Immigration: The Numbers Matter

Parsing Immigration Policy, Episode 79

By John Wahala and Steven A. Camarota on November 10, 2022

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Listen to "Immigration: The Numbers Matter" on Spreaker.


The foreign-born are set to become a larger share of the population than at any time in U.S. history. It is time for a national conversation on what this means for our schools, infrastructure, natural environment, healthcare system, and labor market.

Steven Camarota, the Center’s director of research sits down with John Wahala, the Center’s assistant director, to talk about his recent analysis of government data that shows that the total immigrant population (legal and illegal) is almost 48 million, a record high in American history and an estimated 2.9 increase since President Biden was sworn into office. About one-quarter of the foreign-born population are in the country illegally. What exactly does the data reveal?

These enormous numbers also mean a growing impact on the country. Camarota ponders the country’s absorption capacity while he outlines today’s labor market crisis among the working-age who are without a college degree and the social problems connected to non–work.

The most important immigration issue is the numbers because the implications for the U.S. are far reaching. So, why aren’t we discussing these record-breaking numbers?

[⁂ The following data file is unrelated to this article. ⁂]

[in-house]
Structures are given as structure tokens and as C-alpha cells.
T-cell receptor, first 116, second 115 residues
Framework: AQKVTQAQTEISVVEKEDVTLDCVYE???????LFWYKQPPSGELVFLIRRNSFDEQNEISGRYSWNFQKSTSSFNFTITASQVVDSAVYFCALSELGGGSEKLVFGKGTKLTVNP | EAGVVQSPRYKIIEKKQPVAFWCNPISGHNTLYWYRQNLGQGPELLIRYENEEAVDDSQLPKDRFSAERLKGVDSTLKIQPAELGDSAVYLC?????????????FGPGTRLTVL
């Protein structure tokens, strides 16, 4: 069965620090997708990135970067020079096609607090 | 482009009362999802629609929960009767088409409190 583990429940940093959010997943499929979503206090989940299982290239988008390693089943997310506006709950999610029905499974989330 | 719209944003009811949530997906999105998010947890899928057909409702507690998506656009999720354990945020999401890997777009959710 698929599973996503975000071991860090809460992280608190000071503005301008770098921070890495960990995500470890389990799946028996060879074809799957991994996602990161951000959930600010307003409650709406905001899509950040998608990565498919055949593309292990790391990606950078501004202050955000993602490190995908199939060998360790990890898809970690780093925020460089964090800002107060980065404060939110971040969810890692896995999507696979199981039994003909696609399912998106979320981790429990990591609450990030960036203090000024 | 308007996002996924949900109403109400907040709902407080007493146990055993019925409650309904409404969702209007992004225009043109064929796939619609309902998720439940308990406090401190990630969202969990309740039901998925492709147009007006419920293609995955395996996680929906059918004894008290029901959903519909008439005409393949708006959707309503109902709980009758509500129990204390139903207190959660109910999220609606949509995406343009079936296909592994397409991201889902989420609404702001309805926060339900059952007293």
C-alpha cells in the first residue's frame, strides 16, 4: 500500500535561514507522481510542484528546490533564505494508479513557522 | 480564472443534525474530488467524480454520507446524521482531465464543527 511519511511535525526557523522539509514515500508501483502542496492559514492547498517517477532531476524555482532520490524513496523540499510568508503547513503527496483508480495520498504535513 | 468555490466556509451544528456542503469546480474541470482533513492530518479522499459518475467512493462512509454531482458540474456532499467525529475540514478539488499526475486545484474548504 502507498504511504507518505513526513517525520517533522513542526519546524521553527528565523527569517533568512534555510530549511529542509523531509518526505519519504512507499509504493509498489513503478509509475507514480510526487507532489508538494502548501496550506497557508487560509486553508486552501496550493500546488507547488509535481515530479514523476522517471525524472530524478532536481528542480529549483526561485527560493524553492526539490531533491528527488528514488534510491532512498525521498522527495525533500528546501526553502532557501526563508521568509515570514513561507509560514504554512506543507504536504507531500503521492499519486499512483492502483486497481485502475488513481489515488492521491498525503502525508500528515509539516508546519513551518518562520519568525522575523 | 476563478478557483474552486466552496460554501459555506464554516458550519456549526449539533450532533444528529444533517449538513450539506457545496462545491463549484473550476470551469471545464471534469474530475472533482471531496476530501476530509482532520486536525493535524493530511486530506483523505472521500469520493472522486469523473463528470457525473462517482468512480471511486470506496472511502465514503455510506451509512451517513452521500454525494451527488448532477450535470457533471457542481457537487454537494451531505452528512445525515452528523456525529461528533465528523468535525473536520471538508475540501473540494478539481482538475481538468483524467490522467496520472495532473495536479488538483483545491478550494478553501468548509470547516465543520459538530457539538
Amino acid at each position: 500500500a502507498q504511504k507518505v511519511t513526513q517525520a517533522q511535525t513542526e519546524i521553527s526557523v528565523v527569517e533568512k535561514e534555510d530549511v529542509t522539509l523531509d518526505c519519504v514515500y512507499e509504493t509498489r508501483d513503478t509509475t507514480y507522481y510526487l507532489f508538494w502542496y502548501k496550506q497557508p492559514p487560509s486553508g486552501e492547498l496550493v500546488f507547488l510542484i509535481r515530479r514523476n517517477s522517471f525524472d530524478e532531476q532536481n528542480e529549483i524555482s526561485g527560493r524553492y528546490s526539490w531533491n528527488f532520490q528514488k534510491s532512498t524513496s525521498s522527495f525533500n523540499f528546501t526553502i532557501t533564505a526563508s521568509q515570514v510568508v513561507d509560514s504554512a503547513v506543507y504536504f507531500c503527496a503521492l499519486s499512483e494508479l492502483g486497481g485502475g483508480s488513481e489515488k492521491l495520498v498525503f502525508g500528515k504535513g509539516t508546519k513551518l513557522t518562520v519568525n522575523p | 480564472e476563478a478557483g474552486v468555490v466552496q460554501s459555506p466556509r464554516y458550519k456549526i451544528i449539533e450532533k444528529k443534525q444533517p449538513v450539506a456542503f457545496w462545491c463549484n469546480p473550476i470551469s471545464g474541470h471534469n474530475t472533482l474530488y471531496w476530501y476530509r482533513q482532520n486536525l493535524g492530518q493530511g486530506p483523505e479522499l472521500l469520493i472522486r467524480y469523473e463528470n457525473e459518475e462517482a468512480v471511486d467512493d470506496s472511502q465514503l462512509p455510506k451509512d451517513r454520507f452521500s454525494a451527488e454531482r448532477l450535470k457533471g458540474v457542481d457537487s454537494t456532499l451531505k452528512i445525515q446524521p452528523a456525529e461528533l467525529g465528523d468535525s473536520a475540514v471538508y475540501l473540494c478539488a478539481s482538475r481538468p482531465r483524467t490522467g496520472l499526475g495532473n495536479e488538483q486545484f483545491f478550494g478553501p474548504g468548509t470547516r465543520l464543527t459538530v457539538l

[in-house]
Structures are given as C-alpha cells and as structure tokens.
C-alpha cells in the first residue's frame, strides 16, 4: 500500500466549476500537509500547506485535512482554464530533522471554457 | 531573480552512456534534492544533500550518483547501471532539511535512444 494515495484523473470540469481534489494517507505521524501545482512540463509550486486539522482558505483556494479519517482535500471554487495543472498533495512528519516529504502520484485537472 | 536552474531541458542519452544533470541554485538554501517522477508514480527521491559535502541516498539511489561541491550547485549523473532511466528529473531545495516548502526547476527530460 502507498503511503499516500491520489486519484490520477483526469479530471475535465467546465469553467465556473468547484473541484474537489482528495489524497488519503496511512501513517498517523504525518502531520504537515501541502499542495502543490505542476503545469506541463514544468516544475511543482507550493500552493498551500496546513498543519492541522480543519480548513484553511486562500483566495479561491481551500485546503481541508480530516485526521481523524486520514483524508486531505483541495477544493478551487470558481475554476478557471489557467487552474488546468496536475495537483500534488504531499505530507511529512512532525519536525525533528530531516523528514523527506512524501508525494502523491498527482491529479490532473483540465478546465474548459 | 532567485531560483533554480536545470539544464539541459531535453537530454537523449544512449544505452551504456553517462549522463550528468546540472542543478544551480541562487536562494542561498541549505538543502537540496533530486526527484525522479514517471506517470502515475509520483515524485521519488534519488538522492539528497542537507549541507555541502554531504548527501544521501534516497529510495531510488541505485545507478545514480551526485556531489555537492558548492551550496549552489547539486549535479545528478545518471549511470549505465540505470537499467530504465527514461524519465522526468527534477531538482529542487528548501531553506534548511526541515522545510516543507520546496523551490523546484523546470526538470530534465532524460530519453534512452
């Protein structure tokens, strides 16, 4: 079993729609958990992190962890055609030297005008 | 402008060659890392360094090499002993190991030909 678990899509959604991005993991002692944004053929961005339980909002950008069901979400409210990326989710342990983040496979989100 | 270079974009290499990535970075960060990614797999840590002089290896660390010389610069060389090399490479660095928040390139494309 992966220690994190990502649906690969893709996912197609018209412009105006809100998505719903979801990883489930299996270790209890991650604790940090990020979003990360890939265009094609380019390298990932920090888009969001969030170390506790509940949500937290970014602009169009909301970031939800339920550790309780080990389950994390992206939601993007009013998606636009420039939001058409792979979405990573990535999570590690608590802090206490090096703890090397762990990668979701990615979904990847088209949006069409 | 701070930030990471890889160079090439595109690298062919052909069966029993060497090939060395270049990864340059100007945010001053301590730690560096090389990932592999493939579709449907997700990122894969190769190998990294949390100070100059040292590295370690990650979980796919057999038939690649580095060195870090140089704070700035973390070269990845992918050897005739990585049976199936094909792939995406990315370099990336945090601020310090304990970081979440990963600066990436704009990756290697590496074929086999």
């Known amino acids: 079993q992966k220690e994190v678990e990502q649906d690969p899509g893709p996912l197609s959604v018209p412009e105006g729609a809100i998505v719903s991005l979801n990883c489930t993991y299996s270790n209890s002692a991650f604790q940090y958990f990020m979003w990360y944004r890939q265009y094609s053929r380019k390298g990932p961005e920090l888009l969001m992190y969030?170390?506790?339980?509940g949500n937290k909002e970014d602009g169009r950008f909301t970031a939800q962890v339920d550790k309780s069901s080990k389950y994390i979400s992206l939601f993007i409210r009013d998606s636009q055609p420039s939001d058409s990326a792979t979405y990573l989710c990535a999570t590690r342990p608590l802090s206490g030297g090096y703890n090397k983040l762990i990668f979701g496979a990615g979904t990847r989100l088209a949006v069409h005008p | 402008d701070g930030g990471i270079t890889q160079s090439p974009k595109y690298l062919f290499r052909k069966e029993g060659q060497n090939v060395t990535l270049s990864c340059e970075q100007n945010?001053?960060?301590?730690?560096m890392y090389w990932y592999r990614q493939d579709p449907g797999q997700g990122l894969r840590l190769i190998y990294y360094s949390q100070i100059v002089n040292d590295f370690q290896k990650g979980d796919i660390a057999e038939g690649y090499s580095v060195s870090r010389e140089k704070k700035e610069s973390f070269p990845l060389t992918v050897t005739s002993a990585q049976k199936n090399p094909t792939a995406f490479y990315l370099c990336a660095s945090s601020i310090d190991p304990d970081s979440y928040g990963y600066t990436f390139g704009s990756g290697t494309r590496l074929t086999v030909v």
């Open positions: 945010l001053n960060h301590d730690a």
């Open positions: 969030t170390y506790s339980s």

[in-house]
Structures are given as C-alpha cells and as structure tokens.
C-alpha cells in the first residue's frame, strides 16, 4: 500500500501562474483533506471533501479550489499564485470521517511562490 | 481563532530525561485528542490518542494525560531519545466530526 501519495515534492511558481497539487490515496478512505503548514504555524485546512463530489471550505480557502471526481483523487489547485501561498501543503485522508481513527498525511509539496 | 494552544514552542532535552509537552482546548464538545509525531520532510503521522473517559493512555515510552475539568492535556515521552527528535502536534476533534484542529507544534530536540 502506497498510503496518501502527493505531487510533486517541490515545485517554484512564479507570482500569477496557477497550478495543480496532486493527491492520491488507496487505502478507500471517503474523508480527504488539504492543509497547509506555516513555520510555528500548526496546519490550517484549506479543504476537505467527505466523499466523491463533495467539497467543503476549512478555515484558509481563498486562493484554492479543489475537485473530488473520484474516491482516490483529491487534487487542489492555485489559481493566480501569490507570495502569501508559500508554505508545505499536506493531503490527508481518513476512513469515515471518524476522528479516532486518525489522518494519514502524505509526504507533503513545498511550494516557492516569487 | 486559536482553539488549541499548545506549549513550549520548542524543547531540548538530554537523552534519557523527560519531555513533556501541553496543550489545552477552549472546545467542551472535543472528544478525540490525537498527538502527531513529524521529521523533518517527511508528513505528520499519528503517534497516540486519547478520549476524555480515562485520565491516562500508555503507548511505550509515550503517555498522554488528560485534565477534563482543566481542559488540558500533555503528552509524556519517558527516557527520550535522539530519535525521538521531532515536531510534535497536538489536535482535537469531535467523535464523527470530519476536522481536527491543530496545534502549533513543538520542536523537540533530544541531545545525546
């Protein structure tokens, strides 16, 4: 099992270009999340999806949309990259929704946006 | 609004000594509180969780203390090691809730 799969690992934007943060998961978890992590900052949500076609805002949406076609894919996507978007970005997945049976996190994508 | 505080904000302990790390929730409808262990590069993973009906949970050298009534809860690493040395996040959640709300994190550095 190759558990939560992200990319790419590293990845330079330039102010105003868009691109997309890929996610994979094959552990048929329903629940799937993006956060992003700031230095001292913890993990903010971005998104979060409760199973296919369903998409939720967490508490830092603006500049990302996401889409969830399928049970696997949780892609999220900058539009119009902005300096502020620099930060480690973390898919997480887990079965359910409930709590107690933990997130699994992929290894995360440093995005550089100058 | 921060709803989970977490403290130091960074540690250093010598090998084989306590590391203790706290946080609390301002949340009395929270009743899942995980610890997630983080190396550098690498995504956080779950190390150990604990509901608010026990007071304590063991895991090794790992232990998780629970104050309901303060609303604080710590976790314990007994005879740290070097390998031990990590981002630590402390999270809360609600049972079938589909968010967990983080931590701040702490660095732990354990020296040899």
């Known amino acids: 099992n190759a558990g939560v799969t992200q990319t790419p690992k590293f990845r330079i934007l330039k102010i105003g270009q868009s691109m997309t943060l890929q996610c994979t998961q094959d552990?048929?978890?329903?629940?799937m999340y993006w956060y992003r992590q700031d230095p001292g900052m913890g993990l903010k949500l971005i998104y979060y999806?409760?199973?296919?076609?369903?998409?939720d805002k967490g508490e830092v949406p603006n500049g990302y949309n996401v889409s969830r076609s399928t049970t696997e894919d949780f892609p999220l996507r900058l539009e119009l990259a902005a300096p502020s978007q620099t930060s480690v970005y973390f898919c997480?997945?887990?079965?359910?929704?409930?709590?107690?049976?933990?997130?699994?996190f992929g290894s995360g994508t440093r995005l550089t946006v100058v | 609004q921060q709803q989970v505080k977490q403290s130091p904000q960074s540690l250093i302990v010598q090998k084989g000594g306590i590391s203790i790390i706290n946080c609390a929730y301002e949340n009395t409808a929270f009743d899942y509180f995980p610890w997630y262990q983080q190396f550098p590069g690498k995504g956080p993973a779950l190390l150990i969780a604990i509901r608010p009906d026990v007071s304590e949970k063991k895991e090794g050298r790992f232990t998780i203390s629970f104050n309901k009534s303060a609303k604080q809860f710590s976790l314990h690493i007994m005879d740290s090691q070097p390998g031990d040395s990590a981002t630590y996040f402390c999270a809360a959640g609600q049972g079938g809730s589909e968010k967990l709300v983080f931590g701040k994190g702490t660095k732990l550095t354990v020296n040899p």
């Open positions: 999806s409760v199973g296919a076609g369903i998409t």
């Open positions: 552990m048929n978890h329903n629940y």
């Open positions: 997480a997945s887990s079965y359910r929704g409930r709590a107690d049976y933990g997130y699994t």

John Wahala is the Assistant Director of the Center for Immigration Studies.


Steven Camarota is the Director of Research of the Center for Immigration Studies


Foreign-Born Population Hits Nearly 48 Million in September 2022


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Intro Montage

Voices in the opening montage:

  • Sen. Barack Obama at a 2005 press conference.
  • Sen. John McCain in a 2010 election ad.
  • President Lyndon Johnson, upon signing the 1965 Immigration Act.
  • Booker T. Washington, reading in 1908 from his 1895 Atlanta Exposition speech.
  • Laraine Newman as a "Conehead" on SNL in 1977.
  • Hillary Clinton in a 2003 radio interview.
  • Cesar Chavez in a 1974 interview.
  • House Speaker Nancy Pelosi speaking to reporters in 2019.
  • Prof. George Borjas in a 2016 C-SPAN appearance.
  • Sen. Jeff Sessions in 2008 comments on the Senate floor.
  • Charlton Heston in "Planet of the Apes".